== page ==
SESSION II | Sunday 2 February 2020 | 10:30 - 11:30 | Santa Clara | Panel Discussion |
That the inventor of the vertical wind tunnel for the purpose of human flight, French Canadian Jean Saint-Germain, had primarily a sports-focused application in mind for his Aérodium cannot be put in question. After all, he was an accomplished skydiver himself, he ran two parachute schools and he sought to improve the training of his students in advanced freefall skills.
That the installation could also be used to thrill and entertain the public at large – much like an amusement park attraction – may well have been a secondary consideration for Jean. But it was certainly not for Marvin Kratter, the real estate maverick and investor who bought the patent off of him in 1980.
Kratter had demonstrated an affinity for sports and sports venues, as well as plenty of savvy for business, with lucrative deals involving MLB, NBA and NFL franchises. Best known as the owner of the Boston Celtics and the Las Vegas Golf Club, Kratter ambitiously envisioned 100 franchises within one year of opening his flagship right off Las Vegas Boulevard in 1982.
A second tunnel did open later that same year – and even under the same name – in Pigeon Forge, but the construction was based on an independent deal struck between Saint-Germain and Tennessee investor Les Thompson.
With the two wind tunnels operating in two touristy locations, their commercial viability was put to a conclusive test. All emphasis needed to be put on first-timers, i.e. a walk-in clientele eager to taste flight after a short briefing. Targeting experienced skydivers to hone their skills in a wind tunnel could not have produced any significant impact. For two reasons: the airflow in both tunnels was not of sufficient quality to allow for proper freefall training – and the membership of the United States Parachute Association stood at below 20,000 throughout the entire 1980s.
Impossible to estimate the profitability of either operation, but it is rather revealing that the successful franchising never substantiated. At the same time, both facilities continue to operate in Las Vegas and Pigeon Forge through today.
A lot has happened over the past 40 years. Above all, the airflow in the second- and third-generation wind tunnels has improved to the extent that Alan Metni, the Chairman of iFLY, was able to sum it up perfectly: "It’s not even a simulation of free fall. It is exactly like a freefall. It’s almost like a treadmill for skydivers."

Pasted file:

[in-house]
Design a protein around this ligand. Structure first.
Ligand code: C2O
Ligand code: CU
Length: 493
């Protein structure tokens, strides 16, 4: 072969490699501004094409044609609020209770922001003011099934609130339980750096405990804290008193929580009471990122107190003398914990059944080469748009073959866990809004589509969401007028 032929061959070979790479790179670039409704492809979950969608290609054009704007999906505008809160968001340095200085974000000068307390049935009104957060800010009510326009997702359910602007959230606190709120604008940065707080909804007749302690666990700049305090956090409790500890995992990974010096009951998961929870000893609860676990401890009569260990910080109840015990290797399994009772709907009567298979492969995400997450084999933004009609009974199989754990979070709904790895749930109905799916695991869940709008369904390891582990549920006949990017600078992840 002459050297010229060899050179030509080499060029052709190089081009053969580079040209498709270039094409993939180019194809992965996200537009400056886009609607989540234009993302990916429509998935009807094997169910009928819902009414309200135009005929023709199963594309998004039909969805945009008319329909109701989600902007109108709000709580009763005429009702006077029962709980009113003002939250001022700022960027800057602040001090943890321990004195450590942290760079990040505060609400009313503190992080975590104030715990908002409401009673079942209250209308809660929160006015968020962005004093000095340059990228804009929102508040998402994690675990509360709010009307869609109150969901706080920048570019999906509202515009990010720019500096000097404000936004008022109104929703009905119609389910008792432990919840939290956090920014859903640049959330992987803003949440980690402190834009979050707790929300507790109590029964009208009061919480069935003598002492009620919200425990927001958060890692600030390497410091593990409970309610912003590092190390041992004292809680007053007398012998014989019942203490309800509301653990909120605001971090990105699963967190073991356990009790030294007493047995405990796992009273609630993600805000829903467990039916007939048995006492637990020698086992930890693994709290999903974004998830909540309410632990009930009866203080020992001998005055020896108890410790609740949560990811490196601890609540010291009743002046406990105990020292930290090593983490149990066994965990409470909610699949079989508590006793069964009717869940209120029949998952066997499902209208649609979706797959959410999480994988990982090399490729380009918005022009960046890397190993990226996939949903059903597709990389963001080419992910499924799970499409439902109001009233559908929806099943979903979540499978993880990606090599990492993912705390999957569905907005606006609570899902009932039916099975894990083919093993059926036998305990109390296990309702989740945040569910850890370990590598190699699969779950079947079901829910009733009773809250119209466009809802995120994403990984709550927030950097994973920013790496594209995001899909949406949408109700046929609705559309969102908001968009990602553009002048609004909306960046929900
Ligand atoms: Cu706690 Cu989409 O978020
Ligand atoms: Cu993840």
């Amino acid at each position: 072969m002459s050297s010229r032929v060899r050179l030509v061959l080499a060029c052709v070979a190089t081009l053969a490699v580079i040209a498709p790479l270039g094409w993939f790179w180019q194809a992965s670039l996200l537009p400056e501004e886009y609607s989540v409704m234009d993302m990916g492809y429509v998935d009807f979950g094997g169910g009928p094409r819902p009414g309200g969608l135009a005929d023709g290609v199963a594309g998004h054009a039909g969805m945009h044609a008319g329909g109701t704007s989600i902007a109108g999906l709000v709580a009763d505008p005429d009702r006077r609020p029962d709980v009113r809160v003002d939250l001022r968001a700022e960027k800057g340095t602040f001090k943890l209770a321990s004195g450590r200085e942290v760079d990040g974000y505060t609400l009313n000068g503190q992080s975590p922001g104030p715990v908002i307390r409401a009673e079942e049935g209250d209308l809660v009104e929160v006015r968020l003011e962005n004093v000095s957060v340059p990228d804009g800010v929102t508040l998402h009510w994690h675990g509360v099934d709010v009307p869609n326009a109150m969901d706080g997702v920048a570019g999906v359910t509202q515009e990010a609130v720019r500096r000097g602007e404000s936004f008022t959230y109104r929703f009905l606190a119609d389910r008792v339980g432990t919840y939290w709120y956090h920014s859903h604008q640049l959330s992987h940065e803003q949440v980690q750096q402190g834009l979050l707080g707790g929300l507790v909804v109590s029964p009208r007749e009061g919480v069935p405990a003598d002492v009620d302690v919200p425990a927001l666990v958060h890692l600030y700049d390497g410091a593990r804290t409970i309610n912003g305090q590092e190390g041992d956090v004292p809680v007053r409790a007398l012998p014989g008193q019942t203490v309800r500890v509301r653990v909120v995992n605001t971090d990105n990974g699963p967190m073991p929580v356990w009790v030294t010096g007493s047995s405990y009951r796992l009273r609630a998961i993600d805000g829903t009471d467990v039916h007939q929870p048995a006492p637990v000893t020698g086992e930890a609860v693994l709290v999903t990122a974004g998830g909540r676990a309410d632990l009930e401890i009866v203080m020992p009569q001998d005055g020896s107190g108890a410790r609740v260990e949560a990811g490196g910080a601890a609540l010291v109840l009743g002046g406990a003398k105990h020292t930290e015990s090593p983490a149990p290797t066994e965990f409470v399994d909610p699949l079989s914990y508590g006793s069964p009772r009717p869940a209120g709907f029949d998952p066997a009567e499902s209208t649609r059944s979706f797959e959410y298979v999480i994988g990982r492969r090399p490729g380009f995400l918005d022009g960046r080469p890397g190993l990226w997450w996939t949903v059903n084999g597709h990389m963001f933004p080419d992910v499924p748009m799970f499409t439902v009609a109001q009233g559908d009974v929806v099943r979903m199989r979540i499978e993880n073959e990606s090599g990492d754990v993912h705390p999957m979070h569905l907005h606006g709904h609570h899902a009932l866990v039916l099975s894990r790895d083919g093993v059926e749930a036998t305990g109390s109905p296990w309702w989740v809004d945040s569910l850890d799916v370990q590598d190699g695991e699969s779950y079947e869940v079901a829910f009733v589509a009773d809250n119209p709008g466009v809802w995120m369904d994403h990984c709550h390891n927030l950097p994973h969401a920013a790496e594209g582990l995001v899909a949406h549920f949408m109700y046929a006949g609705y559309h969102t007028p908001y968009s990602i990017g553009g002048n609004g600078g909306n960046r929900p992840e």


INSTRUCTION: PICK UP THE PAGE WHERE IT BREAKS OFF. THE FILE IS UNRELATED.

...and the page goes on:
iFLY is the market leader in indoor skydiving. It owns, operates and franchises nearly 50% of all the tunnels built, or under construction, around the world. It employs more specialist manpower assigned to analyzing the industry dynamics and to developing new marketing concepts than the competitors.
Simon Ward, the International President at iFLY, provided a brief analysis of indoor skydiving from his perspective.
While of utmost importance to the overall business, experienced skydivers account for no more than 15% of the latter. When it comes to the first-timers, indoor skydiving has a much better retention (repeat) rate than skydiving outdoors: 15% vs. 1%. Repeat indoor customers are flying 36% of the total hours at iFLY. How can this figure be increased further? By creating a sport that brings the repeats back regularly to tackle new challenges!
Sport matters! Session II looks at different options to make a challenging sport out of a first-flight experience. Is it just a once-in-your-life experience or can it develop into a sporting passion and lifestyle?
Excerpts from the 2016 Annual Cambridge Marketing Lecture held by iFLY's Simon Ward at St. John’s College. Courtesy of the CAMBRIDGE MARKETING REVIEW.
Panel discussion involving three to four panelists with huge experience in running wind tunnels and similar facilities. One moderator.